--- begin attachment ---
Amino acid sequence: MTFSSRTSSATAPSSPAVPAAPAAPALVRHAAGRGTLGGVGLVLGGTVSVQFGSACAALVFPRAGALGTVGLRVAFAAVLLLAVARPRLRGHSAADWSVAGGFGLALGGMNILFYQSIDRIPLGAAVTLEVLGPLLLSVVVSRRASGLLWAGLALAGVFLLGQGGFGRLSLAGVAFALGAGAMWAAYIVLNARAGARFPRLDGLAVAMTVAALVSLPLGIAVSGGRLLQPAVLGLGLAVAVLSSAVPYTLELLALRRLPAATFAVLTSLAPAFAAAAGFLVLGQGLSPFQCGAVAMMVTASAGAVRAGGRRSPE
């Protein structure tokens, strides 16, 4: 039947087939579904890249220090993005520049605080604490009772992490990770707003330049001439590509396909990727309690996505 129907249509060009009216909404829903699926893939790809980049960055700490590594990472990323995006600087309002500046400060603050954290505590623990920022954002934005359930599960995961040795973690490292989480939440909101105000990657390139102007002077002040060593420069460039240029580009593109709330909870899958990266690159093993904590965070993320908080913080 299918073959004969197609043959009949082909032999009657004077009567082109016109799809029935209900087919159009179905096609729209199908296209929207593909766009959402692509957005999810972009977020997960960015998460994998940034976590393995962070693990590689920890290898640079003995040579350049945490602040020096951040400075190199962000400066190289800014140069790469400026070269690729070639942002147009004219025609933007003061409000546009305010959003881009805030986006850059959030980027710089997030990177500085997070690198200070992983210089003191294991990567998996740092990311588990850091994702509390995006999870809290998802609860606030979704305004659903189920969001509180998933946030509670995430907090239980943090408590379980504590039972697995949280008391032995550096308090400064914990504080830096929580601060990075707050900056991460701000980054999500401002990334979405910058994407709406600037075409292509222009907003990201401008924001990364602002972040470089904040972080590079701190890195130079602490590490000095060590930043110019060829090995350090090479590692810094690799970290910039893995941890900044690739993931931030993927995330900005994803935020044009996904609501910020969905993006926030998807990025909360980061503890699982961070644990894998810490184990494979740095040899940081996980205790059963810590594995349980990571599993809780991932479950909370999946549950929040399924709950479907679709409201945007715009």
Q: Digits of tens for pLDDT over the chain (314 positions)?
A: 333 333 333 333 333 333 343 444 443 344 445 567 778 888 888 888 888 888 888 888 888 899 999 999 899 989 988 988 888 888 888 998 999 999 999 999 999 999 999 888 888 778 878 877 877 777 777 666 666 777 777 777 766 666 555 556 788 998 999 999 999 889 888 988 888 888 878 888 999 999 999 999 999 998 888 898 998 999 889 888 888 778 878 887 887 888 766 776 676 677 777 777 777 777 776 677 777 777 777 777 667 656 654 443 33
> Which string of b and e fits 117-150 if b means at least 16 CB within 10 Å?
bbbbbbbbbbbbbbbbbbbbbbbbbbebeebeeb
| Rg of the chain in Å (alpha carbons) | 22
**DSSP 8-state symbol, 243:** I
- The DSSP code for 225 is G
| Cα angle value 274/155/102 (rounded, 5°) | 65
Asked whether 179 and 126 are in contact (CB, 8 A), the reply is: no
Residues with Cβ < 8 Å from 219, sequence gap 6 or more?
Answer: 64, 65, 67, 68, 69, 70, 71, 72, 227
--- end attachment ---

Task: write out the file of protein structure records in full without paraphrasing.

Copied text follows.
Amino acid sequence: MTFSSRTSSATAPSSPAVPAAPAAPALVRHAAGRGTLGGVGLVLGGTVSVQFGSACAALVFPRAGALGTVGLRVAFAAVLLLAVARPRLRGHSAADWSVAGGFGLALGGMNILFYQSIDRIPLGAAVTLEVLGPLLLSVVVSRRASGLLWAGLALAGVFLLGQGGFGRLSLAGVAFALGAGAMWAAYIVLNARAGARFPRLDGLAVAMTVAALVSLPLGIAVSGGRLLQPAVLGLGLAVAVLSSAVPYTLELLALRRLPAATFAVLTSLAPAFAAAAGFLVLGQGLSPFQCGAVAMMVTASAGAVRAGGRRSPE
């Protein structure tokens, strides 16, 4: 039947087939579904890249220090993005520049605080604490009772992490990770707003330049001439590509396909990727309690996505 129907249509060009009216909404829903699926893939790809980049960055700490590594990472990323995006600087309002500046400060603050954290505590623990920022954002934005359930599960995961040795973690490292989480939440909101105000990657390139102007002077002040060593420069460039240029580009593109709330909870899958990266690159093993904590965070993320908080913080 299918073959004969197609043959009949082909032999009657004077009567082109016109799809029935209900087919159009179905096609729209199908296209929207593909766009959402692509957005999810972009977020997960960015998460994998940034976590393995962070693990590689920890290898640079003995040579350049945490602040020096951040400075190199962000400066190289800014140069790469400026070269690729070639942002147009004219025609933007003061409000546009305010959003881009805030986006850059959030980027710089997030990177500085997070690198200070992983210089003191294991990567998996740092990311588990850091994702509390995006999870809290998802609860606030979704305004659903189920969001509180998933946030509670995430907090239980943090408590379980504590039972697995949280008391032995550096308090400064914990504080830096929580601060990075707050900056991460701000980054999500401002990334979405910058994407709406600037075409292509222009907003990201401008924001990364602002972040470089904040972080590079701190890195130079602490590490000095060590930043110019060829090995350090090479590692810094690799970290910039893995941890900044690739993931931030993927995330900005994803935020044009996904609501910020969905993006926030998807990025909360980061503890699982961070644990894998810490184990494979740095040899940081996980205790059963810590594995349980990571599993809780991932479950909370999946549950929040399924709950479907679709409201945007715009």
Q: Digits of tens for pLDDT over the chain (314 positions)?
A: 333 333 333 333 333 333 343 444 443 344 445 567 778 888 888 888 888 888 888 888 888 899 999 999 899 989 988 988 888 888 888 998 999 999 999 999 999 999 999 888 888 778 878 877 877 777 777 666 666 777 777 777 766 666 555 556 788 998 999 999 999 889 888 988 888 888 878 888 999 999 999 999 999 998 888 898 998 999 889 888 888 778 878 887 887 888 766 776 676 677 777 777 777 777 776 677 777 777 777 777 667 656 654 443 33
> Which string of b and e fits 117-150 if b means at least 16 CB within 10 Å?
bbbbbbbbbbbbbbbbbbbbbbbbbbebeebeeb
| Rg of the chain in Å (alpha carbons) | 22
**DSSP 8-state symbol, 243:** I
- The DSSP code for 225 is G
| Cα angle value 274/155/102 (rounded, 5°) | 65
Asked whether 179 and 126 are in contact (CB, 8 A), the reply is: no
Residues with Cβ < 8 Å from 219, sequence gap 6 or more?
Answer: 64, 65, 67, 68, 69, 70, 71, 72, 227